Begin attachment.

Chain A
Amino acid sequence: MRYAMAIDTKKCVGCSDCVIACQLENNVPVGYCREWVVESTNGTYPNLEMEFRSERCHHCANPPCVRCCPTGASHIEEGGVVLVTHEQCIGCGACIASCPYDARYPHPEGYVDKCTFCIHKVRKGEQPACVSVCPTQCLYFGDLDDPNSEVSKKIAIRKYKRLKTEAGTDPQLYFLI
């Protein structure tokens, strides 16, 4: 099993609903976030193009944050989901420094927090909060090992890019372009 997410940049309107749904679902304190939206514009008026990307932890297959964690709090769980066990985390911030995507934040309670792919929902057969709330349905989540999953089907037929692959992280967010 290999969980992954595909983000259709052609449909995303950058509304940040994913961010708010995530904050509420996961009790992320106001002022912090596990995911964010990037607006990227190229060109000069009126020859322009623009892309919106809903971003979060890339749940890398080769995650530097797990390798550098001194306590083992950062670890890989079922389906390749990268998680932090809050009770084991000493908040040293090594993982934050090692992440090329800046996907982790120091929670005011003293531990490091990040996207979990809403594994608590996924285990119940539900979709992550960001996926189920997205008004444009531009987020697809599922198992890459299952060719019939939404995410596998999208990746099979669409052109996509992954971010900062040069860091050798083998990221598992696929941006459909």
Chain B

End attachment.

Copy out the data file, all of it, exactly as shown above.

Chain A
Amino acid sequence: MRYAMAIDTKKCVGCSDCVIACQLENNVPVGYCREWVVESTNGTYPNLEMEFRSERCHHCANPPCVRCCPTGASHIEEGGVVLVTHEQCIGCGACIASCPYDARYPHPEGYVDKCTFCIHKVRKGEQPACVSVCPTQCLYFGDLDDPNSEVSKKIAIRKYKRLKTEAGTDPQLYFLI
């Protein structure tokens, strides 16, 4: 099993609903976030193009944050989901420094927090909060090992890019372009 997410940049309107749904679902304190939206514009008026990307932890297959964690709090769980066990985390911030995507934040309670792919929902057969709330349905989540999953089907037929692959992280967010 290999969980992954595909983000259709052609449909995303950058509304940040994913961010708010995530904050509420996961009790992320106001002022912090596990995911964010990037607006990227190229060109000069009126020859322009623009892309919106809903971003979060890339749940890398080769995650530097797990390798550098001194306590083992950062670890890989079922389906390749990268998680932090809050009770084991000493908040040293090594993982934050090692992440090329800046996907982790120091929670005011003293531990490091990040996207979990809403594994608590996924285990119940539900979709992550960001996926189920997205008004444009531009987020697809599922198992890459299952060719019939939404995410596998999208990746099979669409052109996509992954971010900062040069860091050798083998990221598992696929941006459909």
Chain B